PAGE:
Commands matching ssh (470)

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Upgrade all perl modules via CPAN

Inverted cowsay
It's quite fun to invert text using "" (ref: ). Slightly more challenging is to flip a whole "cowsay". :-)

urldecoding with one pure BASH builtin
You can use ordinary printf to convert "%23%21%2fbin%2fbash" into "#!/bin/bash" with no external utilities, by using a little known printf feature -- the "%b" specifier converts shell escapes. Replace % with \x and printf will understand the urlencoded string. BASH's printf has an extension to set a variable directly, too. So you get to convert urlencoded strings from garble to plaintext in one step with no externals and no backticks.

Recurse through directories easily
This is a simple case of recursing through all directories, adding the '.bak' extension to every file. Of course, the 'cp $file $file.bak' could be any code you need to apply to your recursion, including tests, other functions, creating variables, doing math, etc. Simple and clean recursion.

Big (four-byte) $RANDOM
Sometimes, in a shell script, you need a random number bigger than the range of $RANDOM. This will print a random number made of four hex values extracted from /dev/urandom.

Replaces a color in a PDF document, useful for removing a dark background before printing.
The pdf is first converted to a bitmap, so change "-density" to match your printer resolution. Also be careful about the RAM required. In this example rgb(0,0,0) is replaced by rgb(255,255,255), change to suit your needs.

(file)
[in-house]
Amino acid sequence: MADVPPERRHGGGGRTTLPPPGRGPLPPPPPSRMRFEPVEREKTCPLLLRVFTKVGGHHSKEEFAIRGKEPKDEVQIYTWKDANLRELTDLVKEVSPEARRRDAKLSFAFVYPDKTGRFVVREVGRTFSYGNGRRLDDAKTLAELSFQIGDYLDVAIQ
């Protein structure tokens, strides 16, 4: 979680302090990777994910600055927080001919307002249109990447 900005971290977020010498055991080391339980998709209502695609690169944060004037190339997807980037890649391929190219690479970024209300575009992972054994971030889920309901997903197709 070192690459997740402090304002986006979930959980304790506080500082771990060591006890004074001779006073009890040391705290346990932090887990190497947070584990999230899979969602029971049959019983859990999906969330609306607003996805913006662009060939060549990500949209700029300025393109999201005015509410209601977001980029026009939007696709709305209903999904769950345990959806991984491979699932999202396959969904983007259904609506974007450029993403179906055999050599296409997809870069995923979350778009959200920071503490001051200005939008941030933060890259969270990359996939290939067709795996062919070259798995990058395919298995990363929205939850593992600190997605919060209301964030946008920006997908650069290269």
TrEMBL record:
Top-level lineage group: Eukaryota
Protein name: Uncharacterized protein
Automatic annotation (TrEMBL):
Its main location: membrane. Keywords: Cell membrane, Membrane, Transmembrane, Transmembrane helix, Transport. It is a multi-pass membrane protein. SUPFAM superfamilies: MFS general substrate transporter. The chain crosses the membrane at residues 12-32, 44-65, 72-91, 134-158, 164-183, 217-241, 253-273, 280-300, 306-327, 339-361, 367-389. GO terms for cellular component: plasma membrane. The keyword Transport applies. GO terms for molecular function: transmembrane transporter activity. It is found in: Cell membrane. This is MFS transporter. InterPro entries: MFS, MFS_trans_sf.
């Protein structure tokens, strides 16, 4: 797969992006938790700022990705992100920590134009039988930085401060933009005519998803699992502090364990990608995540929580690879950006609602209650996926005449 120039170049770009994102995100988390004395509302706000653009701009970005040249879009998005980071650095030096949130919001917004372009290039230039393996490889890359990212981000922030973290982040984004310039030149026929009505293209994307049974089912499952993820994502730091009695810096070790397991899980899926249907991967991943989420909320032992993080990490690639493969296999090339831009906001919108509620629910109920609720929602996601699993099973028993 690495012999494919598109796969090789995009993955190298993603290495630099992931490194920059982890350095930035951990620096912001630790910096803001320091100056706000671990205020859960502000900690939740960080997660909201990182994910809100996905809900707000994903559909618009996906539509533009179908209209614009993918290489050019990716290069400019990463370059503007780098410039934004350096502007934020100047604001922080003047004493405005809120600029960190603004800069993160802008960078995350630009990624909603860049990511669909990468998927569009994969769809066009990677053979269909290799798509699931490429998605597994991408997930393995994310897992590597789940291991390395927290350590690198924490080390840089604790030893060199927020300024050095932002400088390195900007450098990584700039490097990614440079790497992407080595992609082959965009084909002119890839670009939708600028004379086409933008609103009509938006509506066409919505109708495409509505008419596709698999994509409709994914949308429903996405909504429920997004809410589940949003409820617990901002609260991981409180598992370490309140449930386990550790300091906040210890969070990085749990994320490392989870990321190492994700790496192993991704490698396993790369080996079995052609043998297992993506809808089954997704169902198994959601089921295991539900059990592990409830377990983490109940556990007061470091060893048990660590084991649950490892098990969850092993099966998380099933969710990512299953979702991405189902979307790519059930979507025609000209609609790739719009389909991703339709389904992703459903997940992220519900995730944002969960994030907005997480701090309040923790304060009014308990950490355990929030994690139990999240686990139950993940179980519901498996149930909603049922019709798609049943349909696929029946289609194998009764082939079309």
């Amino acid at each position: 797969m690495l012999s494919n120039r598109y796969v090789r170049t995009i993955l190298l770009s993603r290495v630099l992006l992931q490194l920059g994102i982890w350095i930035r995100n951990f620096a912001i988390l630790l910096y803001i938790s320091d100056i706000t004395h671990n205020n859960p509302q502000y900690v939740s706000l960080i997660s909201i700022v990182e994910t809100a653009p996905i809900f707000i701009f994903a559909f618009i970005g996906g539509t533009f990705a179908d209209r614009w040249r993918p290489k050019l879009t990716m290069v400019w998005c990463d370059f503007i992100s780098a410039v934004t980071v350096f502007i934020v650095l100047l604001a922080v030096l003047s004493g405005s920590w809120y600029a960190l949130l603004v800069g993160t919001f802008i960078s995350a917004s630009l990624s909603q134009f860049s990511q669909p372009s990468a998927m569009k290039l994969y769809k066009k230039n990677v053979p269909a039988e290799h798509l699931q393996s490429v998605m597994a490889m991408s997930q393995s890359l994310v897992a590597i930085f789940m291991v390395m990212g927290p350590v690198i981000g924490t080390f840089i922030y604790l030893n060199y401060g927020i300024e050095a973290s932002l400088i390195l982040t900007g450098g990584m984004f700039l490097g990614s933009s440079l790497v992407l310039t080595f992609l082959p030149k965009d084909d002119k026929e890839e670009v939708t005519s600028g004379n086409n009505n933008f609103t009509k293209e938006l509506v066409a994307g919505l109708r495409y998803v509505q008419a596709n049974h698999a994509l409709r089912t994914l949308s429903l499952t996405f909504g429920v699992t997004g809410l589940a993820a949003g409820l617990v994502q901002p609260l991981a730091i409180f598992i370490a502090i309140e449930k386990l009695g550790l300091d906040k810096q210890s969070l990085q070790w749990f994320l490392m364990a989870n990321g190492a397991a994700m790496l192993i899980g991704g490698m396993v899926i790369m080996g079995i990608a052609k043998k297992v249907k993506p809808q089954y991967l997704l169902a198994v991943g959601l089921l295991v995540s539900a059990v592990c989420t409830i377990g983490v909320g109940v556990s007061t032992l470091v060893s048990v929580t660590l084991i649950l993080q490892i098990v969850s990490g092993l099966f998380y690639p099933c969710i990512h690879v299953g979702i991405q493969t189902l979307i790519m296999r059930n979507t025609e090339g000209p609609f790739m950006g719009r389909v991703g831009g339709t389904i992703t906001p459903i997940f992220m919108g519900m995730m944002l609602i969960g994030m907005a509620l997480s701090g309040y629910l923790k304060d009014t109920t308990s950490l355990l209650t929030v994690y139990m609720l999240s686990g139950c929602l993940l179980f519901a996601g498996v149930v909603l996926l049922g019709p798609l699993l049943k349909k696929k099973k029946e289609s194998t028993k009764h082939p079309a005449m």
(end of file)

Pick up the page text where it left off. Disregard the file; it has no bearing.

Convert CSV to JSON
Replace 'csv_file.csv' with your filename.

Consolle based network interface monitor
ethstatus part of ethstatus package, is a consolle based monitor for network interfaces. Nicely display on screen a real time summary about bandwidth, speed and packets.

Convert seconds to [DD:][HH:]MM:SS
Converts any number of seconds into days, hours, minutes and seconds. sec2dhms() { declare -i SS="$1" D=$(( SS / 86400 )) H=$(( SS % 86400 / 3600 )) M=$(( SS % 3600 / 60 )) S=$(( SS % 60 )) [ "$D" -gt 0 ] && echo -n "${D}:" [ "$H" -gt 0 ] && printf "%02g:" "$H" printf "%02g:%02g\n" "$M" "$S" }

Picture Renamer
jhead is a very nice tool to do all sorts of things with photographs, in a batch-oriented way. It has a specific function to rename files based on dates, and the format I used above was just an example.

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